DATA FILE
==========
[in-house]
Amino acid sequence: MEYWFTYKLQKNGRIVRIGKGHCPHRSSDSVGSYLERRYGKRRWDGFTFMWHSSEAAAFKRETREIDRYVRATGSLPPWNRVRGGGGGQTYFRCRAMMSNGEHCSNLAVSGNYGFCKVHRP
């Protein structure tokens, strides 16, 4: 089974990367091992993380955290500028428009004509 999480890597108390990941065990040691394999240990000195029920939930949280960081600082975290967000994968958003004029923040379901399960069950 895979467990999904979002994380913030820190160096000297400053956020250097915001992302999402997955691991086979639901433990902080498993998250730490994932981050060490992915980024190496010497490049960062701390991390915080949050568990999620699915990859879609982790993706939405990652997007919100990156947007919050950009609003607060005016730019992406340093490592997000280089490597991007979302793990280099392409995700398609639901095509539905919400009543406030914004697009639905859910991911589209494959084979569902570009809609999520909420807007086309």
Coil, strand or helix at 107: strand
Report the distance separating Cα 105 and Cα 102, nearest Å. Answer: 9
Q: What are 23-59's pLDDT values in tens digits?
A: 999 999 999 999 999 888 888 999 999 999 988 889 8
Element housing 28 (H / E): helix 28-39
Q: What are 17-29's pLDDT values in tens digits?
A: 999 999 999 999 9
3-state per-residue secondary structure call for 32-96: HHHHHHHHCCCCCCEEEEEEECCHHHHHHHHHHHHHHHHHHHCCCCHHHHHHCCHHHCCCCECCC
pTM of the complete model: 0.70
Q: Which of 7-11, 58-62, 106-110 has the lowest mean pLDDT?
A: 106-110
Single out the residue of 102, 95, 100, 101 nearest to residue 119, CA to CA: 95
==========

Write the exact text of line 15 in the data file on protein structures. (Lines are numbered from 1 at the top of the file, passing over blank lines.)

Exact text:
Single out the residue of 102, 95, 100, 101 nearest to residue 119, CA to CA: 95